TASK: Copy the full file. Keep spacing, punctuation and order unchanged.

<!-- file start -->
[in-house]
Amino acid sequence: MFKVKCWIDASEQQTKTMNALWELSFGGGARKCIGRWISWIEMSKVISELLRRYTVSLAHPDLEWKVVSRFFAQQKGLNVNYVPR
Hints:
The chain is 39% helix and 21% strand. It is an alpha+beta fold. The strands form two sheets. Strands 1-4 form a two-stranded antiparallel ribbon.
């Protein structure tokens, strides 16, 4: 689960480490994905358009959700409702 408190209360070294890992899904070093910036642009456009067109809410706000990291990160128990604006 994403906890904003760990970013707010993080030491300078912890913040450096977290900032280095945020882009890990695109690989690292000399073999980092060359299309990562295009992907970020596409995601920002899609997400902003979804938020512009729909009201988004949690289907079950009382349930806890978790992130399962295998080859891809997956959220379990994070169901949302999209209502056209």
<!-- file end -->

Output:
[in-house]
Amino acid sequence: MFKVKCWIDASEQQTKTMNALWELSFGGGARKCIGRWISWIEMSKVISELLRRYTVSLAHPDLEWKVVSRFFAQQKGLNVNYVPR
Hints:
The chain is 39% helix and 21% strand. It is an alpha+beta fold. The strands form two sheets. Strands 1-4 form a two-stranded antiparallel ribbon.
């Protein structure tokens, strides 16, 4: 689960480490994905358009959700409702 408190209360070294890992899904070093910036642009456009067109809410706000990291990160128990604006 994403906890904003760990970013707010993080030491300078912890913040450096977290900032280095945020882009890990695109690989690292000399073999980092060359299309990562295009992907970020596409995601920002899609997400902003979804938020512009729909009201988004949690289907079950009382349930806890978790992130399962295998080859891809997956959220379990994070169901949302999209209502056209």